Risk passes along an arb idea which while totally impractical got me thinking:
European carbon emissions credits cost over 20 Euros per ton of CO2.
Hardwood pulp wood costs about $8 an English ton in Mississippi so about $8.80 per metric ton. Carbon could be sequestered by burying the wood in the desert in permafrost or sinking it deep in the ocean. How much would this process have to cost to make it a less attractive option than reducing carbon emissions in Europe ?
I've taken a look at his maths. Wood is roughly 50% carbon by dry weight. So a tonne of wood give you 0.33t of water, 0.33t of carbon and 0.33t of everything else - for $24. Meanwhile, one tonne of CO2 emissions - for €20 - represents 270 kg of carbon (the rest is oxygen), which you could buy in the form of 0.81 tonnes of wood, costing you €4.76.
The idea? Virtual arb at Second Life!
Here's The Flack on one of the virtual tree planting programs in that virtual life:
I was pleased to see American Express's "Members Project" anoint as one of its 50 finalists the virtual-to-actual tree reforestation program developed by my friend, colleague and sometimes client Rob Key of Converseon. (You've all seen the Scorcese spot.)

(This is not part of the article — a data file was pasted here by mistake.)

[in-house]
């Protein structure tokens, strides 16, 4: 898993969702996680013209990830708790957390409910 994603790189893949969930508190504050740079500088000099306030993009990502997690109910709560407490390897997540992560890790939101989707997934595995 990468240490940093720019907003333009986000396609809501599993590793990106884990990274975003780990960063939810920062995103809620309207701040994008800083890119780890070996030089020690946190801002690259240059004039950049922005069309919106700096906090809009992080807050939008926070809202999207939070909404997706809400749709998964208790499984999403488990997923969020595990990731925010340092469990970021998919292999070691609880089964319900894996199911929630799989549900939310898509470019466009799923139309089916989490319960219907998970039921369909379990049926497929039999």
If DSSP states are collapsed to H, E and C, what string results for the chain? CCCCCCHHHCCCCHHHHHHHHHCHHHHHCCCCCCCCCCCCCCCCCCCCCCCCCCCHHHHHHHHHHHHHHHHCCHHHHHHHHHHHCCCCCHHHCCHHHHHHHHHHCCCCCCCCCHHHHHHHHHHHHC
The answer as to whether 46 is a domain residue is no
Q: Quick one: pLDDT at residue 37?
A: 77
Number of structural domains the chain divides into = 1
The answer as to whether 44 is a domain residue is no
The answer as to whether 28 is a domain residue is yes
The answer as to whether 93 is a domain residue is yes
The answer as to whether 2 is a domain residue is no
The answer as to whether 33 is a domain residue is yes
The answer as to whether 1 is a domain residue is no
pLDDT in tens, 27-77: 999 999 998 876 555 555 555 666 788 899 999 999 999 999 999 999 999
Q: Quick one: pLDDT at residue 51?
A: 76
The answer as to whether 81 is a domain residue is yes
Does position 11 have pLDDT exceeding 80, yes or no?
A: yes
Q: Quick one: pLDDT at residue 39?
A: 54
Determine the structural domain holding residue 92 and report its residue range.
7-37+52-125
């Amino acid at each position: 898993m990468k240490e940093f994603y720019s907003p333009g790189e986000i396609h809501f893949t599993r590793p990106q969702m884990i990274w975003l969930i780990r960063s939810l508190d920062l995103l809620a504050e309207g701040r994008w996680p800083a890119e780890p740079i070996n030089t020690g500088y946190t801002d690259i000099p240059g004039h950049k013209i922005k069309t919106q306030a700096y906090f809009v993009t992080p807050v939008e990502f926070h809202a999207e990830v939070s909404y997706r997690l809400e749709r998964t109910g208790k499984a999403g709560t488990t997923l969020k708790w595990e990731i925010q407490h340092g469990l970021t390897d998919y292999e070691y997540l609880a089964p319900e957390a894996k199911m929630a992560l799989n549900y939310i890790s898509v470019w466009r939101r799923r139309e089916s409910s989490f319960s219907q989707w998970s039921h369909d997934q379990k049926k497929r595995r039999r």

For those of you who didn't catch my post on "Second Chance Trees" around Earth Day, the innovative program allows visitors to Second Life to plant one of ten species of virtual trees (at a cost of 300 Lindens or $1.50) on a special island. The planting of the virtual tree triggers Plant-It 2020, an environmental group founded by John Denver, to plant the physical tree in the endangered rain forest to which it is indigenous.
This may take me away from the blog from time to time but never fear, I do it for you Gentle Reader.